Working in IT is an excellent career choice because it gives you job security and a good solid income. As frustrating and time consuming it may be, get as many certifications in the IT field as you can." (Computer Forensics Investigator; 2013)


"Work Well With Your Peers...
Always try to speak up and get to know your co-worker. Talking with and/or collaborating constructively with your co-workers does not only make work a lot less boring and monotonous but it will help you create better software's for your clients." (Software Developer; 2013)


"Hackers Need Not Apply...
Make sure you are prepared for a lot of outside learning. This field is changing constantly and you need to spend a lot of your own time keeping current. Some of the best jobs in cyber security are with the government - if you go that route, be prepared to undergo a very thorough background investigation. Do not think that hacking into a web site (or your school) is a way to get a job in cyber security. Yes, we do break into computers as part of our job - but only with permission! I will not hire someone if I know that they were hacking on their own into places without permission." (Senior Associate - Computer Security; 2011)


"Need Certifications...
What you need to do is get certified. Most college courses have the end goal of getting you a certificate. Start with CompTIA's A+, Net+, and Security+. These three will open many doors. Also, go after Microsoft certifications. Most corporations use Microsoft, and being certified by Microsoft is a big plus. Don't be afraid to start at a consulting firm. They offer many different work experiences, and experience is what makes employers want you. You are only as good as what you bring to the table." (IT Security & Desktop Administrator; 2011)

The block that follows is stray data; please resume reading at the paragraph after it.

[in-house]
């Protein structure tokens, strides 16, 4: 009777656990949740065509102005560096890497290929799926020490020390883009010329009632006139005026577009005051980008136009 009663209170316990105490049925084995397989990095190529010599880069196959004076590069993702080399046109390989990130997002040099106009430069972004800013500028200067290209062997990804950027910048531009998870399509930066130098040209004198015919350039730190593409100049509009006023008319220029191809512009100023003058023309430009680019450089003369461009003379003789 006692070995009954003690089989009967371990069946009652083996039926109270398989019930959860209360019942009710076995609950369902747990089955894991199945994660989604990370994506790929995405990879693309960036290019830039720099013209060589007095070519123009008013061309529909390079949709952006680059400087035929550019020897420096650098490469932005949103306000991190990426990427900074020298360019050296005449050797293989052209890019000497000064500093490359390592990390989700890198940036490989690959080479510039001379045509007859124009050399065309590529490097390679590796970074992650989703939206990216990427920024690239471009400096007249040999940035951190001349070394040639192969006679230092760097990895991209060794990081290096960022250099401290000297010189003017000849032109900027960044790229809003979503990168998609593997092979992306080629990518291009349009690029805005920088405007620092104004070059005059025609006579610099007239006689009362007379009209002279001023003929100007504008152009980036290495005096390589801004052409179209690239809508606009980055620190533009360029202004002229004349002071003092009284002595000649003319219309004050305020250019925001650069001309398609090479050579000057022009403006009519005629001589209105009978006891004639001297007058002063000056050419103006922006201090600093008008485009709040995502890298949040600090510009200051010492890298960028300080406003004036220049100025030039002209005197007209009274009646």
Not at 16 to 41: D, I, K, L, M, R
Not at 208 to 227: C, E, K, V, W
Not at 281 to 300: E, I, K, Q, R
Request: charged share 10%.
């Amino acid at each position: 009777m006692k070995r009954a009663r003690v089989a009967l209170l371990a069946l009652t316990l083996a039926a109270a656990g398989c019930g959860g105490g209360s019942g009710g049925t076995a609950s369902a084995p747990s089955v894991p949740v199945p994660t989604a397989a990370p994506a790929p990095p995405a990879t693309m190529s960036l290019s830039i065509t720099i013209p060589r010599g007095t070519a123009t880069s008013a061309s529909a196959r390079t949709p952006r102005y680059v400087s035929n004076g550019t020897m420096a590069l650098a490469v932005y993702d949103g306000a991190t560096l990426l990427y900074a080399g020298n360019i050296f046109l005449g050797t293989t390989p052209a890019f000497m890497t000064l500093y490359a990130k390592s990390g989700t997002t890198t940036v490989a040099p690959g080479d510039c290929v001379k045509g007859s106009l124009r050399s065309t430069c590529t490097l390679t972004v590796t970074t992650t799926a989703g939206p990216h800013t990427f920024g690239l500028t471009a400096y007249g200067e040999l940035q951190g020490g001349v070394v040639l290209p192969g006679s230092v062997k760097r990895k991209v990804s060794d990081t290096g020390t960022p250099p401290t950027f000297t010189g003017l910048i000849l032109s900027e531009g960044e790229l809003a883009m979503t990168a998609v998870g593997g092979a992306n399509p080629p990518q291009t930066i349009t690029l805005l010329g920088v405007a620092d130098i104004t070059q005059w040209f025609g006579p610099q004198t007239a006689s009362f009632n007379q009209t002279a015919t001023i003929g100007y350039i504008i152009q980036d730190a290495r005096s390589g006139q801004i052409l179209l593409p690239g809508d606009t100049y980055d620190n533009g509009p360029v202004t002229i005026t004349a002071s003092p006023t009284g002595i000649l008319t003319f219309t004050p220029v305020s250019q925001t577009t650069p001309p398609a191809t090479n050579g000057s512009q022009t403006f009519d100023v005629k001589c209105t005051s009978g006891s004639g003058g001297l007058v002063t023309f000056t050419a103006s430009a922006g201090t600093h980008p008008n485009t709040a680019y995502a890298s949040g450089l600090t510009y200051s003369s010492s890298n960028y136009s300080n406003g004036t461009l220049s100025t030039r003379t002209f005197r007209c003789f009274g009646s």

"Consider A Master's Degree...
Major in Finance, Accounting, or Information Systems. Don't be afraid to barrel through and get a master's right after you graduate. You will be that much more valuable to the company you start working for. You are right for this job if you are detail oriented and a critical thinker. Try to work for a Big 4 Firm right out of college as they provide some of the best training to start your career. An internship during college is a good way to get your foot in the door." (Consultant; 2010)


"Stay Abreast Of Technology...
You must be familiar with many different types of technology. You must know a variety of operating systems. You must have a knowledge of programming. You must always keep an eye on current developments and trends. You can never stop learning." (Sr. Security Engineer; 2009)